on 4 November 2013
One of my favourite personal discoveries this year has been the music of Ralph Towner. He's been a master of melody and atmosphere for the last 40 years, and I was happy to discover that a new album, with two other guitarists who I was unfamiliar with, was to be released in October.
What I wasn't expecting was the surprise of just how wonderfully spellbinding each track on this album would be, and that it would be catapulted straight into my top 10 ECM albums, alongside the lofty company of The Köln Concert, Bright Size Life and Towner's own Solo Concert. The three guitars here blend perfectly, and through highlighting each player at different times gives the album so much variety that, alongside all the gorgeous tunes, means that you'll want to listen to this over and over again. Hard to pick a favourite, but The Henrysons opens the album with a slowly unfolding melody that captivates you right away, and Duende was also a standout on early listens.
Unreservedly recommended! Finally, a quick word about the CD itself; I'd be interested to know if anyone else has this little oddity. Instead of the usual blue 'ECM' logo above the artists' names and album title, there's just a thin blue line which I'm used to seeing on New Series releases, underneath the New Series words - but there's no wording at all on this disc, just the blue line. Is this just an interesting misprint, or are other ECM discs starting to be released this way?
on 1 May 2014
From the ultra-simple background rhythm of the first piece, once W. Muthspiels's electric guitar arrives, in come the shades of Pat Metheny at his non-virtuosic best. Actually - with the basic Towner mentality - _that_ dominates much of this recording.
The pieces alternate of Towner to Muthspiel, but as much there is a general compositional distinction between the two, the whole mood is very unified.
Towner gets the most solo space and dominates the recording, but I hear so many shades of the aforementioned P. Metheny [hear Towner's 'The Prowler' from 'Anthem' / ECM 2001 and compare it with 'Midwestern Nights Dream' from Metheny / ECM 1976] here that it must be some kind of a 'sign of the times', I think. We can't think of Towner, the leader of the project, being nearly as popular as Metheny, these days, can we? This is not to say there is an intentional imitation, just an influence of some kind. Towner still sounds like himself, its just the general feeling and Muthspiel's style.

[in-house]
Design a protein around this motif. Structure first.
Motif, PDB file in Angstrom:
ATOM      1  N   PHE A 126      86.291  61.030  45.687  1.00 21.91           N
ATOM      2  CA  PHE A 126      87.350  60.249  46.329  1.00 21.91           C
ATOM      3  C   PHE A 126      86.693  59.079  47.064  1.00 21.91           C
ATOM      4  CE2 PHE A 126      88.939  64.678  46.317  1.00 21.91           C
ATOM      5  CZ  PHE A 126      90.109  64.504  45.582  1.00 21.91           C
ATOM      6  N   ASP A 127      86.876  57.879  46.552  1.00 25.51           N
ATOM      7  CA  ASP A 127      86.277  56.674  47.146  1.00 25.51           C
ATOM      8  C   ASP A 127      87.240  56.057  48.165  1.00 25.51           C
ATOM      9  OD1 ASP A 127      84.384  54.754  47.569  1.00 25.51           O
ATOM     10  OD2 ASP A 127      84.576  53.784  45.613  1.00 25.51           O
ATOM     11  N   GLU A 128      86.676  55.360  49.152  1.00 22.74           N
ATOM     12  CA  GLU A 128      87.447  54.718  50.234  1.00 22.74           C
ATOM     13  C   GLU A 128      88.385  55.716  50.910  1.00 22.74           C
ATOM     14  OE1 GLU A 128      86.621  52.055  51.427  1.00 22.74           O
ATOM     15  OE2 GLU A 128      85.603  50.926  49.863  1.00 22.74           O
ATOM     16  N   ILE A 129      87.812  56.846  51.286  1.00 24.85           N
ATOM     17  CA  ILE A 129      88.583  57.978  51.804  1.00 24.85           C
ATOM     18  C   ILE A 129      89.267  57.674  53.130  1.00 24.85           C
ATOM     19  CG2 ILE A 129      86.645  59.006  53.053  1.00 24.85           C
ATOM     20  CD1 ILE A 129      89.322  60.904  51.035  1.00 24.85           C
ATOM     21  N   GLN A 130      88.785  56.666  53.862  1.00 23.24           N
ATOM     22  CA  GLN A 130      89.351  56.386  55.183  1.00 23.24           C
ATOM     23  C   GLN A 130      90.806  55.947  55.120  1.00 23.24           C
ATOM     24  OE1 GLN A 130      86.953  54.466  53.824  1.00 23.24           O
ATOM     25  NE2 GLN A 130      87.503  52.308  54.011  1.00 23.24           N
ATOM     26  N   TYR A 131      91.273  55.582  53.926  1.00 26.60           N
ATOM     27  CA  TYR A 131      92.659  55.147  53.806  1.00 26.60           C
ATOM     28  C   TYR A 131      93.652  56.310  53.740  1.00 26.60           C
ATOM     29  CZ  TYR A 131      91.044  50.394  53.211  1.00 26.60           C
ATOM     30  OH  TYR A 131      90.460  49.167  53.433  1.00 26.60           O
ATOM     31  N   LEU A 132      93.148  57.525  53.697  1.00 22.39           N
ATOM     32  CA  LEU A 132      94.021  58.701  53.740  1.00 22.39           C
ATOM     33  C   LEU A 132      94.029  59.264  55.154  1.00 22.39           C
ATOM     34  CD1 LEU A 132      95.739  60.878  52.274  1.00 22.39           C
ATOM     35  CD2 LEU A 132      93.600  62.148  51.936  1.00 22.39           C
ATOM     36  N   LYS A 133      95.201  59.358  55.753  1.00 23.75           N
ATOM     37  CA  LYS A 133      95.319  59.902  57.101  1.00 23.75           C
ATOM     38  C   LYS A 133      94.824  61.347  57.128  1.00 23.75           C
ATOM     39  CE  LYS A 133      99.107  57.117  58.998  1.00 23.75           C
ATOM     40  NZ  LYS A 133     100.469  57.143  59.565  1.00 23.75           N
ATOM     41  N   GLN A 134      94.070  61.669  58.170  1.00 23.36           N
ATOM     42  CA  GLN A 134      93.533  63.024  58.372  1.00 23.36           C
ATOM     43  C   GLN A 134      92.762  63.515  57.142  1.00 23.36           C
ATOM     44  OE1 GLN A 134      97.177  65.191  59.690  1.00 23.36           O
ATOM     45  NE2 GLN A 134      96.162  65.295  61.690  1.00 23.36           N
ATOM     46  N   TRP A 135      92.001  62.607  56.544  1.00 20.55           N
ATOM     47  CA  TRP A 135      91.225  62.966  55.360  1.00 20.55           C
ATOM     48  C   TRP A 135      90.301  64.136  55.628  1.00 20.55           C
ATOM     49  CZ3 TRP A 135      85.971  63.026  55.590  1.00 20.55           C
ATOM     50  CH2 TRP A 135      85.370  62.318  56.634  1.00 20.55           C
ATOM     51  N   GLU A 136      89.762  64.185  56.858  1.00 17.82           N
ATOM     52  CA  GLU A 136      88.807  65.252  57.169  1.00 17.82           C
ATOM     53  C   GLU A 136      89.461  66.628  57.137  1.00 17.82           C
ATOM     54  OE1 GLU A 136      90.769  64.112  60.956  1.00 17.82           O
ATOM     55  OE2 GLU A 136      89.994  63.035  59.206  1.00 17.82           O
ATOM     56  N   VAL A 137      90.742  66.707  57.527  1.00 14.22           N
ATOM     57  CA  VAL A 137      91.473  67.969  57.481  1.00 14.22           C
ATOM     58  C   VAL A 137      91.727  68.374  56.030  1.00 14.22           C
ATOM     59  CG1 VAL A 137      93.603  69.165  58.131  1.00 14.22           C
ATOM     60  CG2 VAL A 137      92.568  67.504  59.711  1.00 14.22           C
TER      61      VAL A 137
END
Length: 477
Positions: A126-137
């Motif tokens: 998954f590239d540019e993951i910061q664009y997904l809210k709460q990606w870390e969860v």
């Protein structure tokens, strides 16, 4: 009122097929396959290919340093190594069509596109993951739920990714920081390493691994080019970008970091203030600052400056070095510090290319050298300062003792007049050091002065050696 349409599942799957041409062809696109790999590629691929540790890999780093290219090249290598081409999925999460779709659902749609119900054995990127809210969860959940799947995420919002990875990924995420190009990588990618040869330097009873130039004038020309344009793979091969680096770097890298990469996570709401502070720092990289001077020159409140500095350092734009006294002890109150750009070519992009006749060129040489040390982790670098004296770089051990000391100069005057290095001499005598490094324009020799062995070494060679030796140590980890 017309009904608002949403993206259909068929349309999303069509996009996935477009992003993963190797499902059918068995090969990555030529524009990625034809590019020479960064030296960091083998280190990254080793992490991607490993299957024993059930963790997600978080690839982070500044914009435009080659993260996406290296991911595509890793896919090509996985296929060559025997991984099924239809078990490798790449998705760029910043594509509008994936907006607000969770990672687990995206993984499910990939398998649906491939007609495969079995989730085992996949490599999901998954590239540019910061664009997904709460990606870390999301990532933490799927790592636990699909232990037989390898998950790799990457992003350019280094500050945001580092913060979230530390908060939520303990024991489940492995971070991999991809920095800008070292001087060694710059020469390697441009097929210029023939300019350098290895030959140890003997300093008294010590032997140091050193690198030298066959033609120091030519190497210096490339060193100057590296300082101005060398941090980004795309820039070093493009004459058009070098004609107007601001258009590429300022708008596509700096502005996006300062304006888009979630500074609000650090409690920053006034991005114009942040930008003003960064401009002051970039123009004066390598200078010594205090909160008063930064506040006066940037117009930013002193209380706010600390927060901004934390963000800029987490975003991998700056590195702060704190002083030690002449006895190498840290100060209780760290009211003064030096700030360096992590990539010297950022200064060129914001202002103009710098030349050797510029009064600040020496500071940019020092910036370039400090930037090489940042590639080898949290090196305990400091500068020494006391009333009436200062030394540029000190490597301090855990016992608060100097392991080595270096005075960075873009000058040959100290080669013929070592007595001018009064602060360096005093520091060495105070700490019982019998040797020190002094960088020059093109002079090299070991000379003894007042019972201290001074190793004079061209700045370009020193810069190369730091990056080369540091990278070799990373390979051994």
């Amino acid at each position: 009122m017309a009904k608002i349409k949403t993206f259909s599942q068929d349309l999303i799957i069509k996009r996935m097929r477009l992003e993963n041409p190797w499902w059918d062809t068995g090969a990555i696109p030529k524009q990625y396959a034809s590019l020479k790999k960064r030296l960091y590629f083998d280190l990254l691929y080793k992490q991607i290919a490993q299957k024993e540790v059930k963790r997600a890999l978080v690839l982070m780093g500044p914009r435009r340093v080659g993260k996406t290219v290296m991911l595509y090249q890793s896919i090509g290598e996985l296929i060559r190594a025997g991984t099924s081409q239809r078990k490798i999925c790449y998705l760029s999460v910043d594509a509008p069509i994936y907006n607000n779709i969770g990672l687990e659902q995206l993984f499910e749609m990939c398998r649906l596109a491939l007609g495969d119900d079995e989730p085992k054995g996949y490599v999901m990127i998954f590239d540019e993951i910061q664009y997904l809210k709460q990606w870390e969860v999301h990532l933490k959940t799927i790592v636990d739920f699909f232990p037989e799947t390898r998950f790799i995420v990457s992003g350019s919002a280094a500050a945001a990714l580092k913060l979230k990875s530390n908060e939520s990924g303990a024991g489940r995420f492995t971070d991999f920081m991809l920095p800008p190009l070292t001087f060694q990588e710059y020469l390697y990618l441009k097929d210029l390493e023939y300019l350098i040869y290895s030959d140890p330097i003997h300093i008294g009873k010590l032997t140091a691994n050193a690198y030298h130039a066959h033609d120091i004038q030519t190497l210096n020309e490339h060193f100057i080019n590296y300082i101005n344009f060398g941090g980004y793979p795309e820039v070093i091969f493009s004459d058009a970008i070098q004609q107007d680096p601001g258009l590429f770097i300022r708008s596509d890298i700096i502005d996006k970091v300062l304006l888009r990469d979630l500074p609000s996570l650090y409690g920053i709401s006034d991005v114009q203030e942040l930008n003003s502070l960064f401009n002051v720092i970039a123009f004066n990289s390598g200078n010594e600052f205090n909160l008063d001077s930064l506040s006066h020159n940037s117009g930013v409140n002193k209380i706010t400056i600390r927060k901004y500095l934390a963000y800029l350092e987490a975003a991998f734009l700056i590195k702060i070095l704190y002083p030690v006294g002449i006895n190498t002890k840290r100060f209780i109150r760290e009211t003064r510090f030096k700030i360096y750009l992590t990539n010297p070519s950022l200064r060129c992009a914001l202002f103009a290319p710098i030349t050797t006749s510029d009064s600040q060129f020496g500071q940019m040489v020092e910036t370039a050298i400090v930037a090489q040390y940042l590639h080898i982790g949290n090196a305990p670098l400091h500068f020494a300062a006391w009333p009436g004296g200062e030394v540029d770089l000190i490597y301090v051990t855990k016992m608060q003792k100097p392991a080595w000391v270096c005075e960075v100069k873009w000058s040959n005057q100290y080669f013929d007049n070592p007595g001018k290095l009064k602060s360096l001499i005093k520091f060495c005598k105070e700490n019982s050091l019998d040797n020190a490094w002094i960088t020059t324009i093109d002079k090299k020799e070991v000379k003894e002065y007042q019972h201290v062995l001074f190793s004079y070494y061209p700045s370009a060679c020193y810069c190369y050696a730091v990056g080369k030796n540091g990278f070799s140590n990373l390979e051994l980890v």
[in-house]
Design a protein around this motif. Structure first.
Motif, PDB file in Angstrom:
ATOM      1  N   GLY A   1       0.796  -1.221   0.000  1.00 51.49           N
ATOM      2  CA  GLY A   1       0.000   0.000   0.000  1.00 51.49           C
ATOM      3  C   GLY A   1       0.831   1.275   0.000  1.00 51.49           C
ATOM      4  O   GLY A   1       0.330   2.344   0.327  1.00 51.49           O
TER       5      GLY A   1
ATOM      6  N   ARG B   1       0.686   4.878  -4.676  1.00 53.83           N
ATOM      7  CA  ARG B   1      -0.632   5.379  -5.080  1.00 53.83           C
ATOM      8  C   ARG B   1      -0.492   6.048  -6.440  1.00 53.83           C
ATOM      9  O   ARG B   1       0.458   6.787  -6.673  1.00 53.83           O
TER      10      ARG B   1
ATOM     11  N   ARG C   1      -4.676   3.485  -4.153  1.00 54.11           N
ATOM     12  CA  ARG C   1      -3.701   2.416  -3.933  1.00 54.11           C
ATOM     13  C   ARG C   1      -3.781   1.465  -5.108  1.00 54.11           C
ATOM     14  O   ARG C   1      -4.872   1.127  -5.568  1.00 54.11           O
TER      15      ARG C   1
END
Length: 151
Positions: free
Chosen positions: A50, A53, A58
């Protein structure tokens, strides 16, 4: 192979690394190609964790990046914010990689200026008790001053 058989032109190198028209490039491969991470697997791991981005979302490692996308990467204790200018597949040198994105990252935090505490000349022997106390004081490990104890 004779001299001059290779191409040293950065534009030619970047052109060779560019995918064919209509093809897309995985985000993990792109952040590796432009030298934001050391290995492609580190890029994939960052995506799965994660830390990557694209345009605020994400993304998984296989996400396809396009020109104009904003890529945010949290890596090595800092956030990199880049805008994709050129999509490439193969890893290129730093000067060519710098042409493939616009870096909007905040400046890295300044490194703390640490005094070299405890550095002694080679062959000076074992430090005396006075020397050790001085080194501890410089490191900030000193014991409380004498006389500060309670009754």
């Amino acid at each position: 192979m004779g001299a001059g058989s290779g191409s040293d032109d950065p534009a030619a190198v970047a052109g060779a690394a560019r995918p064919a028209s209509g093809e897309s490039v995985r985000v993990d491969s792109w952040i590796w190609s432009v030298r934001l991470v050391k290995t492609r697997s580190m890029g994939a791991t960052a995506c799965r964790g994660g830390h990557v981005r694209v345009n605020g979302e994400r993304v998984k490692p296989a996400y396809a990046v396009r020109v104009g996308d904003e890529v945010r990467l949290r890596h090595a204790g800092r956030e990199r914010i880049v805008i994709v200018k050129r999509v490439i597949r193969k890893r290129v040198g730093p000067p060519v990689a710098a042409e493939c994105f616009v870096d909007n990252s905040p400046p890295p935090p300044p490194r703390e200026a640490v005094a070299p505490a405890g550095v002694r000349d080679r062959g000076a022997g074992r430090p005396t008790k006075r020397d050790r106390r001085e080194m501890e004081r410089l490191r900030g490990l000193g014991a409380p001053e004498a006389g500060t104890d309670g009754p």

Notable is also Muthspiel's very ECM-like _singing_ [in 'Amarone Trio'], because it brings beautiful and unique shades and balance to the whole work. The most lively piece on the record is likewise W. M.'s 'Nico und Mithra', a R. T. composition 'Travel Guide' being another of rhythmic liveliness, both in composition and performance. Otherwise the mood is rather calm yet highly expressive.
To sum: this recording consists of somewhat Metheny-sounding composition/performances from Towner & Muthspiel, with S. Grigoryan mostly comping. The whole of the music is in a personal way like a guitar trio answer to the mood of P. M.'s first solo record 'Bright Size Life'. As much as this is a group of Ralph Towner domination, the combined result sounds more like a mysterious reference to this other personality than a work of "pure" / historic Towner-style.
Conclusion: recommended for ones who could like highly expressive, "impressionistic", [partly] Metheny-influenced, acoustic/electro-acoustic, mostly non-virtuosic guitar trio music.